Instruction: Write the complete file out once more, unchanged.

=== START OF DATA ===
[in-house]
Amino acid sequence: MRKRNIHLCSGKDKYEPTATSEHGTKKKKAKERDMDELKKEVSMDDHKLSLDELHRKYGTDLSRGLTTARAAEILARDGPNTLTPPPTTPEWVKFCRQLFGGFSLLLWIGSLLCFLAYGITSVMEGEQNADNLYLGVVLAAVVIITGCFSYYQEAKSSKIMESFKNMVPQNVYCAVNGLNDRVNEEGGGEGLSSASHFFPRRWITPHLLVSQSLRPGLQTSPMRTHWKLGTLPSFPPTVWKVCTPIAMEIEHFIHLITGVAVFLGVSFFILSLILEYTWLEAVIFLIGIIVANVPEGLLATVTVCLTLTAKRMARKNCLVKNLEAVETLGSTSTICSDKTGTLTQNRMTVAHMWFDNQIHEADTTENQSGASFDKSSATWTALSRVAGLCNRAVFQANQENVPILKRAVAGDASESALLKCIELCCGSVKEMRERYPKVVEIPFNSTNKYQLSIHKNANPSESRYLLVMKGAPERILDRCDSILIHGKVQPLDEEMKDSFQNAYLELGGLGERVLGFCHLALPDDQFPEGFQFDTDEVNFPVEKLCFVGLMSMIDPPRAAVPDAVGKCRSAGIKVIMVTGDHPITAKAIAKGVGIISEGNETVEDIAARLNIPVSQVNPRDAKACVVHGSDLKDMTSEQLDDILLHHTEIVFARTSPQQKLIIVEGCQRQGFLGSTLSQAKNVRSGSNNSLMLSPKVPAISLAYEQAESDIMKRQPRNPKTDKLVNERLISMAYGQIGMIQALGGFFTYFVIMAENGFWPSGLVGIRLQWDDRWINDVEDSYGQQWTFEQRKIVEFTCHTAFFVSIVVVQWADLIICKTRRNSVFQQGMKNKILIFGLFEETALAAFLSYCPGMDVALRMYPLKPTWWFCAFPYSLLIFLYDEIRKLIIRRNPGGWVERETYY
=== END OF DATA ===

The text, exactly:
[in-house]
Amino acid sequence: MRKRNIHLCSGKDKYEPTATSEHGTKKKKAKERDMDELKKEVSMDDHKLSLDELHRKYGTDLSRGLTTARAAEILARDGPNTLTPPPTTPEWVKFCRQLFGGFSLLLWIGSLLCFLAYGITSVMEGEQNADNLYLGVVLAAVVIITGCFSYYQEAKSSKIMESFKNMVPQNVYCAVNGLNDRVNEEGGGEGLSSASHFFPRRWITPHLLVSQSLRPGLQTSPMRTHWKLGTLPSFPPTVWKVCTPIAMEIEHFIHLITGVAVFLGVSFFILSLILEYTWLEAVIFLIGIIVANVPEGLLATVTVCLTLTAKRMARKNCLVKNLEAVETLGSTSTICSDKTGTLTQNRMTVAHMWFDNQIHEADTTENQSGASFDKSSATWTALSRVAGLCNRAVFQANQENVPILKRAVAGDASESALLKCIELCCGSVKEMRERYPKVVEIPFNSTNKYQLSIHKNANPSESRYLLVMKGAPERILDRCDSILIHGKVQPLDEEMKDSFQNAYLELGGLGERVLGFCHLALPDDQFPEGFQFDTDEVNFPVEKLCFVGLMSMIDPPRAAVPDAVGKCRSAGIKVIMVTGDHPITAKAIAKGVGIISEGNETVEDIAARLNIPVSQVNPRDAKACVVHGSDLKDMTSEQLDDILLHHTEIVFARTSPQQKLIIVEGCQRQGFLGSTLSQAKNVRSGSNNSLMLSPKVPAISLAYEQAESDIMKRQPRNPKTDKLVNERLISMAYGQIGMIQALGGFFTYFVIMAENGFWPSGLVGIRLQWDDRWINDVEDSYGQQWTFEQRKIVEFTCHTAFFVSIVVVQWADLIICKTRRNSVFQQGMKNKILIFGLFEETALAAFLSYCPGMDVALRMYPLKPTWWFCAFPYSLLIFLYDEIRKLIIRRNPGGWVERETYY